I’ve been following the Senate investigation of the DBP-Philex-Roberto Ongpin- Rey David deal. I find it very confusing actually. But the other day a helpful friend explained the transaction to me.
She said, “Imagine you are listening to them talking on the phone.”
Mr. B: Hello R, I’m in the market for Philex shares and I heard the DBP is holding quite a few of them, would you consider selling them?
Mr. R: As long as I will earn a profit, why not? Are you interested in buying my shares?
Mr. B: Yes I am interested
Mr. R: Ok, what’s your offer?
Mr. B: P12.75
Mr. R: Sold! I bought Philex for less than half that price so I’m doubling DBP’s money if I sell them to you.
Mr B: Great! I’ll send my lawyers to do the paperwork.
Mr. R: Okay. By the way and I don’t mean no disrespect butmy 50 million shares are worth P660 million.
Mr. B: No problem, I’m going to pay for those shares with the money you are going to lend me to buy those shares.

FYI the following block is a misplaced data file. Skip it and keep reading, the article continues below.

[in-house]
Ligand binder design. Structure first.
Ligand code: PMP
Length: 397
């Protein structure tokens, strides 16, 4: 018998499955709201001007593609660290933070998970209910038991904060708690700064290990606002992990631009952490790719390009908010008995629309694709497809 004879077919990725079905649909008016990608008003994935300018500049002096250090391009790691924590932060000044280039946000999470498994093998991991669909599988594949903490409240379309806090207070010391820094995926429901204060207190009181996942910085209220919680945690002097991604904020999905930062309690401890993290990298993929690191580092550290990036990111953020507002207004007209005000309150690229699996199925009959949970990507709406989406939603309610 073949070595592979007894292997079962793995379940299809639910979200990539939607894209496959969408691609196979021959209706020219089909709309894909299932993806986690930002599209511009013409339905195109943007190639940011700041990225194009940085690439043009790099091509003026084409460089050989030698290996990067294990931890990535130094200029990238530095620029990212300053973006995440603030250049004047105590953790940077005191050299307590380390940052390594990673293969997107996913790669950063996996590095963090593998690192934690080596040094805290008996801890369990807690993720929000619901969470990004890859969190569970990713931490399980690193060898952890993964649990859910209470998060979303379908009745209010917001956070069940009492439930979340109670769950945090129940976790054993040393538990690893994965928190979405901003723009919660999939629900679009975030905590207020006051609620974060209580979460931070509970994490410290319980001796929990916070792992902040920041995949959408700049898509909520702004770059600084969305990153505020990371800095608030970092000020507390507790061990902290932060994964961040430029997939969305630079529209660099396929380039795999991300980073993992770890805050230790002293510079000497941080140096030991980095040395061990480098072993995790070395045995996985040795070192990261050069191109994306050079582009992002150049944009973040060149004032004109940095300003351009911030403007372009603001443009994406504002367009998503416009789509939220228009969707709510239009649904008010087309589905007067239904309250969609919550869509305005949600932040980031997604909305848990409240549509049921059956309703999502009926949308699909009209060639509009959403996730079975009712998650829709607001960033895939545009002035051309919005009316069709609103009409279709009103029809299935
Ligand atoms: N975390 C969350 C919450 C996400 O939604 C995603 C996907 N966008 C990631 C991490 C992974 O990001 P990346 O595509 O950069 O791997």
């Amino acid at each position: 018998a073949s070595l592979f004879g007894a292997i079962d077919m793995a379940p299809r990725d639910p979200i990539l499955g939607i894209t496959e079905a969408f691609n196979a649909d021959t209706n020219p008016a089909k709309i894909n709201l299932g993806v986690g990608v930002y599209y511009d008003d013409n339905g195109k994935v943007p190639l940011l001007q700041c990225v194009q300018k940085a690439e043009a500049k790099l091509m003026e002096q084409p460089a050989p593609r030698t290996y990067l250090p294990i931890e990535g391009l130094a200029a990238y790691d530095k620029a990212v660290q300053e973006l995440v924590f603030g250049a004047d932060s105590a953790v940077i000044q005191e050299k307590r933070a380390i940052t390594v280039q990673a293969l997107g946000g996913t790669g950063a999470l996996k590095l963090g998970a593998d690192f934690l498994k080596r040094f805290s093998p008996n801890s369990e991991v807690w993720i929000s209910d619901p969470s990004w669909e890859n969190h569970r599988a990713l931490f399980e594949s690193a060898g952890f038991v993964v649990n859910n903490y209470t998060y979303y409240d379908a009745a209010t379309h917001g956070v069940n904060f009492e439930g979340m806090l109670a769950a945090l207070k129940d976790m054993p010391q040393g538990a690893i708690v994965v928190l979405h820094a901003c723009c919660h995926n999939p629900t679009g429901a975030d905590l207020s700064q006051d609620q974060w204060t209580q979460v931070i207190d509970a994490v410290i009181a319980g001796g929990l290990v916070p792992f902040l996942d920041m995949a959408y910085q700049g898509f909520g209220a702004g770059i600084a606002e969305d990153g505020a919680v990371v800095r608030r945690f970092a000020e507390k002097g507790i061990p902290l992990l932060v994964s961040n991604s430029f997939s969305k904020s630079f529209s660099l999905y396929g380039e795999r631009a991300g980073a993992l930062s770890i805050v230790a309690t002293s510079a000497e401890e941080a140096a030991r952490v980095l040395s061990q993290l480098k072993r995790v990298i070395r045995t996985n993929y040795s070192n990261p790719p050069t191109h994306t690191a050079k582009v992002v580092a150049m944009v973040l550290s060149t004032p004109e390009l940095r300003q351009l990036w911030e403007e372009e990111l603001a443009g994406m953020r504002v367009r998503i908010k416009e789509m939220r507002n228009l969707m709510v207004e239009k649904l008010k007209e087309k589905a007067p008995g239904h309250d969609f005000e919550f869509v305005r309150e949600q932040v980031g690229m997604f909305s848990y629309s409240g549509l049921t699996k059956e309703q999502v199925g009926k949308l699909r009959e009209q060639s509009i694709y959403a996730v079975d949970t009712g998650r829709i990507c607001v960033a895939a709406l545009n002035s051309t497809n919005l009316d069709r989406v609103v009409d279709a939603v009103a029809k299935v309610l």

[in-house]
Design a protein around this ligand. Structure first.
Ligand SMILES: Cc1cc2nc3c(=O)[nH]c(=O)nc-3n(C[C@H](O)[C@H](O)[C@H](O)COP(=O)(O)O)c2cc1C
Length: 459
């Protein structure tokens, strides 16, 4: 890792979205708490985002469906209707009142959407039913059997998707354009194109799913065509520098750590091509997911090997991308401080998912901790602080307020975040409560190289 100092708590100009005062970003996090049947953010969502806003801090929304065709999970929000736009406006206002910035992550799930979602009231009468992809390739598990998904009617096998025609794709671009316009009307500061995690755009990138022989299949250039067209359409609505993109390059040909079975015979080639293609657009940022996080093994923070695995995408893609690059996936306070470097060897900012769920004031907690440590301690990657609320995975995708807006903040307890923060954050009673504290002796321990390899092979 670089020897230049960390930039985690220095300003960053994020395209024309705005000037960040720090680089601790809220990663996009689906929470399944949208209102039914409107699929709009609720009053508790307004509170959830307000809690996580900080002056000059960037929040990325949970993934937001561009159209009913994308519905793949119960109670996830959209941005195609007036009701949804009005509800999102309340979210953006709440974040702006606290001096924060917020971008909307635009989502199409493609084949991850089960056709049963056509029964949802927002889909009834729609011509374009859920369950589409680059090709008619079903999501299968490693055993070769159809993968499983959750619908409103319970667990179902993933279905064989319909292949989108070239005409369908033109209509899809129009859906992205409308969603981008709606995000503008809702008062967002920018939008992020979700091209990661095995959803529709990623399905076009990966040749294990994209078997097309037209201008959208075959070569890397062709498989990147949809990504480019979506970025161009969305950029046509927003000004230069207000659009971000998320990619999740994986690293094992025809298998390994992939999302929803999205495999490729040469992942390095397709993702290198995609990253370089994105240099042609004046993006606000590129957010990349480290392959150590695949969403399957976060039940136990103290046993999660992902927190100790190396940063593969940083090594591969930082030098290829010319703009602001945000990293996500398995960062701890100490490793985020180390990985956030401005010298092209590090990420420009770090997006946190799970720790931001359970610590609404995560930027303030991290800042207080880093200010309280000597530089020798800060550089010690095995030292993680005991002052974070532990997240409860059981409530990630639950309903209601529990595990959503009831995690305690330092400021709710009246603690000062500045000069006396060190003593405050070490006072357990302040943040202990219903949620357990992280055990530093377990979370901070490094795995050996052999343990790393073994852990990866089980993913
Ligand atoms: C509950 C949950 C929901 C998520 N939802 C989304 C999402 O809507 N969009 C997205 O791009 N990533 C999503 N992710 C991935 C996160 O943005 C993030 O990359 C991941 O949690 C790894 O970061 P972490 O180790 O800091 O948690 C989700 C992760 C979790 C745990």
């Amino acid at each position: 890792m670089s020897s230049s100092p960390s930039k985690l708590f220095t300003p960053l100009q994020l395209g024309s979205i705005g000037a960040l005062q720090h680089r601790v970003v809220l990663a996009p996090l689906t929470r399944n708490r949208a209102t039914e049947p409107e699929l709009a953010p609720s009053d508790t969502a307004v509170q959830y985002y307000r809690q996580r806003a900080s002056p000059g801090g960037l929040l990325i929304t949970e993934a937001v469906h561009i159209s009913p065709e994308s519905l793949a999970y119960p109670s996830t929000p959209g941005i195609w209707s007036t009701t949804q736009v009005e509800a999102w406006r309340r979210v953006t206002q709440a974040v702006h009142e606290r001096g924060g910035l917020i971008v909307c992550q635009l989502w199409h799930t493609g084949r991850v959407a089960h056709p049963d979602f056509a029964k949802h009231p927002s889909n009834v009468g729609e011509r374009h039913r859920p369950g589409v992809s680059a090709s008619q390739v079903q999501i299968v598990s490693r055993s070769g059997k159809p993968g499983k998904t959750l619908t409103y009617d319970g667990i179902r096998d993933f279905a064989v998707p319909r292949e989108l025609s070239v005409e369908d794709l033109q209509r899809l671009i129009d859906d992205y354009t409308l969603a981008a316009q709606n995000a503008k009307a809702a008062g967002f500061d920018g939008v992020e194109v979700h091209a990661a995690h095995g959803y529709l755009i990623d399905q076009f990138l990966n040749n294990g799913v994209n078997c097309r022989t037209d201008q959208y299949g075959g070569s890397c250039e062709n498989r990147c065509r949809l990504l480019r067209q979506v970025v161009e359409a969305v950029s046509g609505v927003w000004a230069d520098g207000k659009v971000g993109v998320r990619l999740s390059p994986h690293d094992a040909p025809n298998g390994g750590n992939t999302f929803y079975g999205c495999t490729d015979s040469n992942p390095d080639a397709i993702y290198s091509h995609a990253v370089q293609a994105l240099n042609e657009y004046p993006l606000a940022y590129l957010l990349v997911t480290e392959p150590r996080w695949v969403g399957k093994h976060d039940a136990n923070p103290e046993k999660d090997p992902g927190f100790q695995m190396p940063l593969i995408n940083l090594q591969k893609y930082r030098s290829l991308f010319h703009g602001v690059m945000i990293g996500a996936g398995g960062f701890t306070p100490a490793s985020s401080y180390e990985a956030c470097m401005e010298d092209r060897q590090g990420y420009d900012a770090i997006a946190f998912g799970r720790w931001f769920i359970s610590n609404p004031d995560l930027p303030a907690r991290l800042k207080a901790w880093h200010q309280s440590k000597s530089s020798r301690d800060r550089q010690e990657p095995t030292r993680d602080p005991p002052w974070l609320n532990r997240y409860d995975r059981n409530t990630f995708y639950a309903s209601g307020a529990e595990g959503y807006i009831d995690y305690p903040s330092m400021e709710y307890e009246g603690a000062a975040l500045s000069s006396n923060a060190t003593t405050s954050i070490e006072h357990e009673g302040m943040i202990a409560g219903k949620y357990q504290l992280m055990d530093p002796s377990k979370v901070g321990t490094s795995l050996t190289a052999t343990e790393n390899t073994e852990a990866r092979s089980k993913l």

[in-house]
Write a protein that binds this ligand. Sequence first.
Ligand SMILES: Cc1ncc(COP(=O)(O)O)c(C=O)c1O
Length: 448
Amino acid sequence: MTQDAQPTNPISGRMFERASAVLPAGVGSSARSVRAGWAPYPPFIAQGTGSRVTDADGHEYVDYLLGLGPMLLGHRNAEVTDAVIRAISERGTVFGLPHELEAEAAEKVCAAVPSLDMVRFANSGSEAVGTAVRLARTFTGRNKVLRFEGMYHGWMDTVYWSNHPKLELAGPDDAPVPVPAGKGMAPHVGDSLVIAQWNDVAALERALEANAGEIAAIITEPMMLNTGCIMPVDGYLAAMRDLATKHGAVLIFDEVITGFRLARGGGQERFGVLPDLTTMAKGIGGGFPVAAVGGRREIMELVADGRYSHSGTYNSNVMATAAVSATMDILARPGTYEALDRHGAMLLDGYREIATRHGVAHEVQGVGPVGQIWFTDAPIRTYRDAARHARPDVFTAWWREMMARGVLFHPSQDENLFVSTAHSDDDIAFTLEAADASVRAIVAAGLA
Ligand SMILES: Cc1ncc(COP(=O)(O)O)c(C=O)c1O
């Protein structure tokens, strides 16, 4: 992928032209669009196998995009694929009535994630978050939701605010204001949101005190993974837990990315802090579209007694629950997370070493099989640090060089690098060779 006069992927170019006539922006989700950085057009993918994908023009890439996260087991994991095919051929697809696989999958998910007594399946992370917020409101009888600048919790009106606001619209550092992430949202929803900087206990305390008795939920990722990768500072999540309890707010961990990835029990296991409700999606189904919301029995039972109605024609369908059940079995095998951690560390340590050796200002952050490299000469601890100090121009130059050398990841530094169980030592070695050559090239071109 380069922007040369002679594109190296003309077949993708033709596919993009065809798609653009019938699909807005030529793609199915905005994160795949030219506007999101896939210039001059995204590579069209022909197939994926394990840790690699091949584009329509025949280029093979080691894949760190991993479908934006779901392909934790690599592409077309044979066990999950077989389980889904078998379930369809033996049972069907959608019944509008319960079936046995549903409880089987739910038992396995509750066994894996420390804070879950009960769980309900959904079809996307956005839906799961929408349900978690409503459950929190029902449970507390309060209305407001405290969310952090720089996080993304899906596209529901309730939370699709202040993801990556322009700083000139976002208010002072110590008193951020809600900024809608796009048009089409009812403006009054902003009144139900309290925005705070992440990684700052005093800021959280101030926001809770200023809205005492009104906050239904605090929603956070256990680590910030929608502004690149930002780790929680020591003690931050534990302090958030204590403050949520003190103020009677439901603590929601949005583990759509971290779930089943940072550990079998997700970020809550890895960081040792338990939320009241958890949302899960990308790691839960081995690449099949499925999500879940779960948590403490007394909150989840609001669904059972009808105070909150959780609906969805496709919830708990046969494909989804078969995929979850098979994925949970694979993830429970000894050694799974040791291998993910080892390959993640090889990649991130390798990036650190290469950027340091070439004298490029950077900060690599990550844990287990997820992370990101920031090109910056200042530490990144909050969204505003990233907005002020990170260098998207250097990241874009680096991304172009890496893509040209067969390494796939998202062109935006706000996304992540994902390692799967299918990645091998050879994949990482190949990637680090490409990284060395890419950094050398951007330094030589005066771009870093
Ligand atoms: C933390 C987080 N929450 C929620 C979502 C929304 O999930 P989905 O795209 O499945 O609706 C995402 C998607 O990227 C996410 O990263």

Mr. R: You want me to lend you P660 million so you can buy my shares?
Mr. B: Of course. We’re both investment bankers you know that’s SOP in our business.
Mr. R: Okay but I’m still going to need collateral. This is a big loan afterall.
Mr. O: No problem. I’ll mortgage to you the shares that I’m buying from you.
Mr. R: You are going to secure your loan with the 50 million Philex shares that you are going to buy with the money I’m going to lend to you?
Mr. B: Yes. Do you have a problem with that?
Mr. R: Moi?
“At the Senate hearing Bobby tells the investigating committee that Rey is one of the smartest bankers in the country. He added that a month later he sold the shares to Manny Pangilinan for P21 per share and he paid off the loan immediately. So DBP made money and he made money. There’s no problem, right?” she asked.
“But why do I still smell fish?” I replied.
“That’s not fish,” she said. “That’s the smell of someone cooked in his own lard.”